One of the attractions of the Creelsboro Valley for early settlers was the richness of natural resources. Old-growth forests provided timber for constructing homes, barns, stores, and other buildings.
Timber was so abundant that it became the valley's first cash crop. Many rural communities found it difficult to export their timber, but residents in the Creelsboro Valley had an advantage - access to the Cumberland River.
Even before the invention of steamboats that could travel both downriver and upriver, inland waterways provided transportation for people and their goods. Sometimes people used flatboats.
Logs, however, float - so loggers could tie the logs together to make rafts, and then pole them downstream. This was such an economical method that even after steamboats began to ply the rivers, logs were still floated downriver as rafts.
When Mr. Reeder said, "The river gave a lot" in the video Rural Economy, he might have been thinking of a scene just like this - two men on the riverbank with their catch of fish. Whether fishing for recreation or for sustenance, fishing has always been part of life along the Cumberland River.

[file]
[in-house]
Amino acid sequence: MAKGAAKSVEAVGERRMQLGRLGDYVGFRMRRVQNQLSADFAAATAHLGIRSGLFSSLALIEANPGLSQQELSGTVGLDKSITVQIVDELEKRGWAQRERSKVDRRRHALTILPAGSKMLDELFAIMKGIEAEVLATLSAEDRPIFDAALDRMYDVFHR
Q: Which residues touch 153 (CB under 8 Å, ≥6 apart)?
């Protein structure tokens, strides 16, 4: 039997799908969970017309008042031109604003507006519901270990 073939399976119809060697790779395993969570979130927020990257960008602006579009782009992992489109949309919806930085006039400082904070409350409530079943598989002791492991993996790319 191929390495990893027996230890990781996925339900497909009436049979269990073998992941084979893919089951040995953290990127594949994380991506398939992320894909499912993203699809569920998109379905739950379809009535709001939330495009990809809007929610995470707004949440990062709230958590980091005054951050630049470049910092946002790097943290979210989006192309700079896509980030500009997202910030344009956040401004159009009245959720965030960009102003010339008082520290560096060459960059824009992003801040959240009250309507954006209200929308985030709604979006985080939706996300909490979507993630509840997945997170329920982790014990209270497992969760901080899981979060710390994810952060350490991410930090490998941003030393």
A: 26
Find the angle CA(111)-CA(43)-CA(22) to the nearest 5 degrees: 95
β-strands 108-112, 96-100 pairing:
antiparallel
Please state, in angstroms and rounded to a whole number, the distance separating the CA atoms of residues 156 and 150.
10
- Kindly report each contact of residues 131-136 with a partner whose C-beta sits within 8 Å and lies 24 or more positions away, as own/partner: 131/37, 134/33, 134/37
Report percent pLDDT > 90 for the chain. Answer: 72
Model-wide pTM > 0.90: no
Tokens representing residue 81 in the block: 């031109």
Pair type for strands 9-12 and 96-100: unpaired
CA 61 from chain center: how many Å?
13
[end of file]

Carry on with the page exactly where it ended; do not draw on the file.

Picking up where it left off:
Life in the Creelsboro Valley was connected to the rhythms of the Cumberland River, which rose and fell dramatically with seasonal rains. During dry periods - a "low" tide - wagons could easily drive across the river at numerous fords. But during wet periods - a "high" tide - crossing the Cumberland required a ferry. Campbells's Ferry at Creelsboro Landing was one of six ferries and landings that operated in the Creelsboro Valley at various times.
Ferries were powered in a variety of ways: human, river current, or animal. Some ferrymen pushed their ferry across the river using long poles, while others pulled their ferry across using overhead lines. Sometimes the current of the river itself provided the propulsion. Horses or mules powered certain ferries. By driving the animals in a circle around a capstan that hauled in ropes, the ferry was towed along its route.
Ferries still operating today are usually powered by diesel or a combination of diesel-electric. They are often tourist attractions as well as a practical way to cross a river without taking a long detour to a bridge. But in the 19th century, ferries were often the only way to cross a river with a vehicle.
Creelsboro Landing was a busy place when the steamboat pulled in to shore. It carried passengers, livestock, and goods downriver and upriver. Different steamboats plied the Cumberland River, each with its own distinctive whistle to alert people that the steamboat had arrived.
The town of Creelsboro was an economic hub with stores and banks as well as pharmacies, schools, and churches. It was the place where people came to buy what they could not produce on their own farms, and it was the place to sell their surplus.